Flown thruster rocket engine deinstalled from Lunar Landing Training Vehicle 952 (LLTV #3) following its application on multiple flights, documented with an operational (engine run) time of 2 hours, 11 minutes and 27 seconds. The engine measures approximately 9″ x 7″ x 5″, and is stamped on the propellant inlet: "LLRV S/N 2." This serial number pertains to the motor, rather than the vehicle; the LLTV superseded the Lunar Landing Research Vehicle (LLRV) and the motors were reappropriated for the LLTV as they both used the same propulsion system. The Bell-manufactured 500-pound thrust hydrogen peroxide motors were installed on the LLTV in a vertically-mounted configuration as 'lift' rockets, and were used to simulate the one-sixth lunar gravity the Commander/Lunar Module Pilot would encounter during descent to the moon's surface.
Accompanied by NASA-MSC parts control tags dated December 11, 1972, describing the engine: "Part Name: Lift Rt, Part No. 7161-470003-1, A/C or GSE Name & No. NASA 952, Part S/N 2, Part Mfg. Bell, Oper. Time 2:11:27, Removed per T.P.S. 52-1215." NASA's Lunar Landing Research Vehicle Monograph (SP-2004-4535) states that average flight time was 7 minutes, indicating that this rocket engine supported approximately 18 training flights throughout its two hours of operation. Following removal (as directed via Test Preparation Sheet (TPS) 52-1252), the lift engine was downgraded by NASA to 'Not for Flight' status and decommissioned.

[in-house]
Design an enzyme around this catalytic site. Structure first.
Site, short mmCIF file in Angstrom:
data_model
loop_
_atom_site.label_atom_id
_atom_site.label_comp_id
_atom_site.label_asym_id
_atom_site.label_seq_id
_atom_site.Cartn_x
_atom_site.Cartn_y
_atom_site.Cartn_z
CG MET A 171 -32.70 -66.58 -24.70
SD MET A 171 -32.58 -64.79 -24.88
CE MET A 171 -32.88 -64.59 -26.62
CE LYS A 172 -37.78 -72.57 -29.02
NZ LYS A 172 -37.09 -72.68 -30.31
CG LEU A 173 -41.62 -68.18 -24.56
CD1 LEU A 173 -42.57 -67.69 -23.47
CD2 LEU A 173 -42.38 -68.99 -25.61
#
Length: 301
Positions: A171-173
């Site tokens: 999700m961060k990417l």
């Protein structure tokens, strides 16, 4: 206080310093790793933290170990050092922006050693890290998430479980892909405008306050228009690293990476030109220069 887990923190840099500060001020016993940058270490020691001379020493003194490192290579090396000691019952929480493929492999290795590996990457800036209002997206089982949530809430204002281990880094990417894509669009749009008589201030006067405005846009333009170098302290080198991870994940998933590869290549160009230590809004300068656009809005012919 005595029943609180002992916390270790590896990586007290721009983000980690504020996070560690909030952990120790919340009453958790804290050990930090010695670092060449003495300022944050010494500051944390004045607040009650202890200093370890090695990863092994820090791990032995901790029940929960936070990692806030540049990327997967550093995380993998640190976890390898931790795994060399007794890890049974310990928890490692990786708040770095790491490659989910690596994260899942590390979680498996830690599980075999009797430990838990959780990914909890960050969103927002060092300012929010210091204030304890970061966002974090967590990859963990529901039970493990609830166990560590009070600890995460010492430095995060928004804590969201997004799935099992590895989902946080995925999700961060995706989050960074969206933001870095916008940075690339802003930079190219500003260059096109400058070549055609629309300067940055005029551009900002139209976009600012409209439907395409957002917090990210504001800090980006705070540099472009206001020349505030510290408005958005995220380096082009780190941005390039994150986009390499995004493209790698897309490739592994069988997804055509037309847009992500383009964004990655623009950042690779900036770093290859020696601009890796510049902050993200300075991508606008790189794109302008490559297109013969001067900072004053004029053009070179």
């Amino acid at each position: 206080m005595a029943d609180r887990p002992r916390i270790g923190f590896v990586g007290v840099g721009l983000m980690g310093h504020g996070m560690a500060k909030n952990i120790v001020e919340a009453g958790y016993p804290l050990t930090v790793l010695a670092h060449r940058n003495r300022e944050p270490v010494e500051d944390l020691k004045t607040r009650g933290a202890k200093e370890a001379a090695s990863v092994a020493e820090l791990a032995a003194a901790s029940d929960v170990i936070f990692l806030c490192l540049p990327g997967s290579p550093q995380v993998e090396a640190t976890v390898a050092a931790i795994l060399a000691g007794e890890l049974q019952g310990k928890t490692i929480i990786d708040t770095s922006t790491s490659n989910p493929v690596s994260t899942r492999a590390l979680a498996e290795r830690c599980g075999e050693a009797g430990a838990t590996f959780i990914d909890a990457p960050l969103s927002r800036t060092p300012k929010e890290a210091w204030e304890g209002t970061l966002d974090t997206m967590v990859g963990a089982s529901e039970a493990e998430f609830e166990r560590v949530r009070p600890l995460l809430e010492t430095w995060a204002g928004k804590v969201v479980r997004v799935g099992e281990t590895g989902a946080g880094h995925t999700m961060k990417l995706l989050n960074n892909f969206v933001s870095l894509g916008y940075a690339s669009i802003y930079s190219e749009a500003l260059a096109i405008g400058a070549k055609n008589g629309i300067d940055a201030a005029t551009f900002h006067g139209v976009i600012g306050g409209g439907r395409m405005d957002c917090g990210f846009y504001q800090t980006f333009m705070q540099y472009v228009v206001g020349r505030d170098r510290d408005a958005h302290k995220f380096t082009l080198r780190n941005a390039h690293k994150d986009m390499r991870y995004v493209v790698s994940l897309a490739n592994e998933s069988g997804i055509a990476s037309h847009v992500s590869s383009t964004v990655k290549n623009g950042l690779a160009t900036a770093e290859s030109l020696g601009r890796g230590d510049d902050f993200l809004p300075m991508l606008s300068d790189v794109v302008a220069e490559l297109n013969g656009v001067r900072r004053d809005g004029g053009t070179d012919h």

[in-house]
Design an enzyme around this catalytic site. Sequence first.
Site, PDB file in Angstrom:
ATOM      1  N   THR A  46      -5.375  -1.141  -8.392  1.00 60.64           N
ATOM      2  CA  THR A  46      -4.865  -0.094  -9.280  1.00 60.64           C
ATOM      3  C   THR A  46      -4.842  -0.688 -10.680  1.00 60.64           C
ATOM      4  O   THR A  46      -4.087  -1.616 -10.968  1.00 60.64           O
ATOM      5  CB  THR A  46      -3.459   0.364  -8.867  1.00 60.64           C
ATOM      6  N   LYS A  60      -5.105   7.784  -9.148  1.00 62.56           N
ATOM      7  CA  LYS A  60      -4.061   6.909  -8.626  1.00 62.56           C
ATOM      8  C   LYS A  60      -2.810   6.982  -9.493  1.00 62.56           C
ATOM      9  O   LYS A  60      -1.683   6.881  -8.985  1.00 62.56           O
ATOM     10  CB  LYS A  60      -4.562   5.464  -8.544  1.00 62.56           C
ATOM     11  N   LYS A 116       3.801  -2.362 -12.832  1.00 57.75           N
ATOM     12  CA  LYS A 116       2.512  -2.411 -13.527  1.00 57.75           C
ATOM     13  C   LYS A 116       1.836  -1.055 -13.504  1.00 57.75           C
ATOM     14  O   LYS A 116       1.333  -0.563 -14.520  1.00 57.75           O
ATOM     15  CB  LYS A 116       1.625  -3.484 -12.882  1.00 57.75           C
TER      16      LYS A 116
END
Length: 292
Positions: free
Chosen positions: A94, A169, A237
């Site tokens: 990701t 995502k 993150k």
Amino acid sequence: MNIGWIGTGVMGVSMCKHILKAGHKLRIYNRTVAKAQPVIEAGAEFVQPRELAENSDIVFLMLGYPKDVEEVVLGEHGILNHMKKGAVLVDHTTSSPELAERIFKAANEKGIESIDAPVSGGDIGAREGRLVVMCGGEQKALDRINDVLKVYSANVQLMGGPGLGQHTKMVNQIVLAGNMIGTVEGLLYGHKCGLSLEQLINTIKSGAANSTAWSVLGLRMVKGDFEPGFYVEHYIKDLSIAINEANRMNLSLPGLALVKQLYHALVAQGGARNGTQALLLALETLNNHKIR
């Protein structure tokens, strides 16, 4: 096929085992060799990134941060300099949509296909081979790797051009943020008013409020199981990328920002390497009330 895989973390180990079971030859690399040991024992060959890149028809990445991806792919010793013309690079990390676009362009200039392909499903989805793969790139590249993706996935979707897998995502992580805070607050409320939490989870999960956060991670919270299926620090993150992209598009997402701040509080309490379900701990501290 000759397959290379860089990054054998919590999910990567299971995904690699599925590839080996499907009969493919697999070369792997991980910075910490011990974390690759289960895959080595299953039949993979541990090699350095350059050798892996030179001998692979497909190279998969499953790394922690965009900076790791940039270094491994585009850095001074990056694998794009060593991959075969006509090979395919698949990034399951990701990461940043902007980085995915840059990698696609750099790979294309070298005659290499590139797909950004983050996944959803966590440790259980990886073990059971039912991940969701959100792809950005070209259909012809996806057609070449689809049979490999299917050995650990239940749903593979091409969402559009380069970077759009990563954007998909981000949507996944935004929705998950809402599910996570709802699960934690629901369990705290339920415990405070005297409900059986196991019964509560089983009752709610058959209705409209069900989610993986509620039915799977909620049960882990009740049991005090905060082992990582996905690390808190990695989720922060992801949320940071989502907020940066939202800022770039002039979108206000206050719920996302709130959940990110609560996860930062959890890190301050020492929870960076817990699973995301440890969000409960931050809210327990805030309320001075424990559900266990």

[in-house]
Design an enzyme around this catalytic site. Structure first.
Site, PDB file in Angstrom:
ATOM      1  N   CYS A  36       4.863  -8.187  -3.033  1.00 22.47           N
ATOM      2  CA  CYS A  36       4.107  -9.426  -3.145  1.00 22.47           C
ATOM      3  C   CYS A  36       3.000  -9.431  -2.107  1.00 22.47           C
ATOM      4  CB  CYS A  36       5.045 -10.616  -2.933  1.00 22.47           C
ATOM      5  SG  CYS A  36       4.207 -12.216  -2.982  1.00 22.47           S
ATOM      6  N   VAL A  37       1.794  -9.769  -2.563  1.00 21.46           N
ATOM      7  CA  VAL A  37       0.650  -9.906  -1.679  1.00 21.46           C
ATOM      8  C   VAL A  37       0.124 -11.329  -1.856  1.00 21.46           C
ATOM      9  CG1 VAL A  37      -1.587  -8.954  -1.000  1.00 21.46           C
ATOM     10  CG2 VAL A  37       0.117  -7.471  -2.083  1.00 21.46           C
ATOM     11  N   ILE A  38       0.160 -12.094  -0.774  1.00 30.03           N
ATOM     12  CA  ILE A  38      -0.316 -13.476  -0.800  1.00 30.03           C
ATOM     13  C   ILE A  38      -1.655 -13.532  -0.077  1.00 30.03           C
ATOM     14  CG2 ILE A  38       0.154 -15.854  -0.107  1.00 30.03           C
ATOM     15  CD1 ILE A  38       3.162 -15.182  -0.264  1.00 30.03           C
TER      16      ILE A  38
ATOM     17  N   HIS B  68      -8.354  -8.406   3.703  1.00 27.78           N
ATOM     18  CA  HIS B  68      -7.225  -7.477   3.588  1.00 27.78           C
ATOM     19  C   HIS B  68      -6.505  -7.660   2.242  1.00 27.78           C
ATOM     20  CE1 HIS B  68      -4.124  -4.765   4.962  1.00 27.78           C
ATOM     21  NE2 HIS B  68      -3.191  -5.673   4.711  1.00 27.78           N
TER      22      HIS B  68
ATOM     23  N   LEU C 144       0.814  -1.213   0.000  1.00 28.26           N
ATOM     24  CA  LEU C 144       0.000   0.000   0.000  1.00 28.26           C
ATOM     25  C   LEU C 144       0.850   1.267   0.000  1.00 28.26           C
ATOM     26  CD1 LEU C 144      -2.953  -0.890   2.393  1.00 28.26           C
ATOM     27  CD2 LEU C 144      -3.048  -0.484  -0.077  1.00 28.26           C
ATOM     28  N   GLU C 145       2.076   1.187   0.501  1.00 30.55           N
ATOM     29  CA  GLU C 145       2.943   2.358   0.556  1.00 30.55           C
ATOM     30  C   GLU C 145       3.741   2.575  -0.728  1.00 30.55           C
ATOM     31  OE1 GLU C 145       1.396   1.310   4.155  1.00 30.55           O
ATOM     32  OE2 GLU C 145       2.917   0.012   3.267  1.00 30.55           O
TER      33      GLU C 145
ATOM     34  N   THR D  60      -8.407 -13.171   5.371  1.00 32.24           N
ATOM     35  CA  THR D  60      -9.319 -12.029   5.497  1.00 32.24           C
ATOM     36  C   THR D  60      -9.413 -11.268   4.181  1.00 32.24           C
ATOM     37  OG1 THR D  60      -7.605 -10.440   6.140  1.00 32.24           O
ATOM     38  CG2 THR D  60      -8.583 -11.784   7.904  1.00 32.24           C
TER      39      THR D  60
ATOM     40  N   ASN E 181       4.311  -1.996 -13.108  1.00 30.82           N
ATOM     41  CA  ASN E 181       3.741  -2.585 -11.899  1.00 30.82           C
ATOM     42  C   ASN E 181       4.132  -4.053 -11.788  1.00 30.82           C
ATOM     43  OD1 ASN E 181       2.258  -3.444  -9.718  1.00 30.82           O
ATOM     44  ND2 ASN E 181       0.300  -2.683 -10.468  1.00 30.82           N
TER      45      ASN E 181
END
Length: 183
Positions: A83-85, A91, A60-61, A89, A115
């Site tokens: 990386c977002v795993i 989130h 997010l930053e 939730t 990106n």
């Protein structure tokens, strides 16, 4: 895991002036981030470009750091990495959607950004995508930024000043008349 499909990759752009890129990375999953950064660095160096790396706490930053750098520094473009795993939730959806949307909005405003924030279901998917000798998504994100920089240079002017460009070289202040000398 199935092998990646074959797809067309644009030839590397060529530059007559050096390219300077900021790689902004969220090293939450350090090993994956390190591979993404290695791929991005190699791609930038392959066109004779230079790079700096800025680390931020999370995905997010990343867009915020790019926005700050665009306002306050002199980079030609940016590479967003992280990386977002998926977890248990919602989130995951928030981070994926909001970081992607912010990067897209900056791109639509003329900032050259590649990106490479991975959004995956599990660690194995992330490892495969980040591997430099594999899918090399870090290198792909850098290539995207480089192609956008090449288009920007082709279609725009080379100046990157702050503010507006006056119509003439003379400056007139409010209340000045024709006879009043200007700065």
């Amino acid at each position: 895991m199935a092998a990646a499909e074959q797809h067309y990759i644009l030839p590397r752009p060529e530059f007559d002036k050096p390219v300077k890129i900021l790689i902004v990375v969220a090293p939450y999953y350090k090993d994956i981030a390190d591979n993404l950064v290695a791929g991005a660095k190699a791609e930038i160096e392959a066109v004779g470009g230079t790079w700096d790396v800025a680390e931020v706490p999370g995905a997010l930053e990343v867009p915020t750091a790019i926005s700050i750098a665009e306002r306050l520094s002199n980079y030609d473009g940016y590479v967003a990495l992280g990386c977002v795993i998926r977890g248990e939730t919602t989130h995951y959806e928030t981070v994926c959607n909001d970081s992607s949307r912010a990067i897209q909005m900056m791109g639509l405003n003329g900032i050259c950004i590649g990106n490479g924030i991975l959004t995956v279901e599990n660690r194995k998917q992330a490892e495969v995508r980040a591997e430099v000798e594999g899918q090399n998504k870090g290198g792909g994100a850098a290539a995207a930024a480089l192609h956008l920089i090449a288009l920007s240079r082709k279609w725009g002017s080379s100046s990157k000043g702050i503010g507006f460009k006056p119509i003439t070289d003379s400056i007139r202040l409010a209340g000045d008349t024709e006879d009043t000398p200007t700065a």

The paperwork authorizing/directing removal of the engine from LLTV 952 (LLTV #3) is dated 11 December 1972, 4 days after the launch of the final lunar mission (Apollo 17). Indicates definitively that the engine was used at a minimum to prepare the last man on the moon (as well as the missions preceding Apollo 17) and concurrent with the LLTVs decommissioning since there were no subsequently planned moon missions.
In total, ten moonwalkers utilized LLTV 952 to prepare for landing on the lunar surface. Bill Anders described the LLTV as 'a much unsung hero of the Apollo Program,' while Neil Armstrong emphasized its importance in an address before the Society of Experimental Test Pilots in 2007: 'The Lunar Landing Training Vehicle, or LLTV, proved to be an excellent simulator and was highly regarded by the Apollo Lunar Module crews as necessary for lunar landing preparation.' Sale of this item is limited to US Citizens and Organizations (only) to comply with US technology transfer restrictions.
Terms and abbreviations used in our descriptions.